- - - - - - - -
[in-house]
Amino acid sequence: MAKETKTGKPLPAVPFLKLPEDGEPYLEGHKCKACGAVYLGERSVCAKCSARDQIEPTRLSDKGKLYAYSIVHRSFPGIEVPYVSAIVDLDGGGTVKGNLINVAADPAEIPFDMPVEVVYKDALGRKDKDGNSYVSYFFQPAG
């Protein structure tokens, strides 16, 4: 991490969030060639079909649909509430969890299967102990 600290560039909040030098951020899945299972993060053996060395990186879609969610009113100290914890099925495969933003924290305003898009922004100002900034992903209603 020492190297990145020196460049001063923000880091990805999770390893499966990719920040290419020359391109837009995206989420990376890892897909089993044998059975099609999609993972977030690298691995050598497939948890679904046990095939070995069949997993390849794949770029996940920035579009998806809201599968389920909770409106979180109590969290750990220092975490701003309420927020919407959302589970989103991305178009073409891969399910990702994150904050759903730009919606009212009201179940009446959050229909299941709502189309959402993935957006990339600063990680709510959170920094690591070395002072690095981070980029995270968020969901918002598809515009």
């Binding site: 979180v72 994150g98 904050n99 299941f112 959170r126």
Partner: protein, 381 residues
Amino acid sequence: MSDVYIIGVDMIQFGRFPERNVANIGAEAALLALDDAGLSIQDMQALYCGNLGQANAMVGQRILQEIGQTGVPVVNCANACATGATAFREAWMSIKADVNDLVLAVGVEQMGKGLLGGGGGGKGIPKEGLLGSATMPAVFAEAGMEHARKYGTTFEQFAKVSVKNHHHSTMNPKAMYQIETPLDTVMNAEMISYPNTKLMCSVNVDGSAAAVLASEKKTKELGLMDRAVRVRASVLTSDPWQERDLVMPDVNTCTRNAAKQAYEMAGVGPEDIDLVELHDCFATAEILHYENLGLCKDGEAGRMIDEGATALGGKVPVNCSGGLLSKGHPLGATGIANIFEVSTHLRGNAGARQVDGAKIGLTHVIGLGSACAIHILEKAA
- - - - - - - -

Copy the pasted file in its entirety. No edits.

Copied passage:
[in-house]
Amino acid sequence: MAKETKTGKPLPAVPFLKLPEDGEPYLEGHKCKACGAVYLGERSVCAKCSARDQIEPTRLSDKGKLYAYSIVHRSFPGIEVPYVSAIVDLDGGGTVKGNLINVAADPAEIPFDMPVEVVYKDALGRKDKDGNSYVSYFFQPAG
């Protein structure tokens, strides 16, 4: 991490969030060639079909649909509430969890299967102990 600290560039909040030098951020899945299972993060053996060395990186879609969610009113100290914890099925495969933003924290305003898009922004100002900034992903209603 020492190297990145020196460049001063923000880091990805999770390893499966990719920040290419020359391109837009995206989420990376890892897909089993044998059975099609999609993972977030690298691995050598497939948890679904046990095939070995069949997993390849794949770029996940920035579009998806809201599968389920909770409106979180109590969290750990220092975490701003309420927020919407959302589970989103991305178009073409891969399910990702994150904050759903730009919606009212009201179940009446959050229909299941709502189309959402993935957006990339600063990680709510959170920094690591070395002072690095981070980029995270968020969901918002598809515009």
């Binding site: 979180v72 994150g98 904050n99 299941f112 959170r126």
Partner: protein, 381 residues
Amino acid sequence: MSDVYIIGVDMIQFGRFPERNVANIGAEAALLALDDAGLSIQDMQALYCGNLGQANAMVGQRILQEIGQTGVPVVNCANACATGATAFREAWMSIKADVNDLVLAVGVEQMGKGLLGGGGGGKGIPKEGLLGSATMPAVFAEAGMEHARKYGTTFEQFAKVSVKNHHHSTMNPKAMYQIETPLDTVMNAEMISYPNTKLMCSVNVDGSAAAVLASEKKTKELGLMDRAVRVRASVLTSDPWQERDLVMPDVNTCTRNAAKQAYEMAGVGPEDIDLVELHDCFATAEILHYENLGLCKDGEAGRMIDEGATALGGKVPVNCSGGLLSKGHPLGATGIANIFEVSTHLRGNAGARQVDGAKIGLTHVIGLGSACAIHILEKAA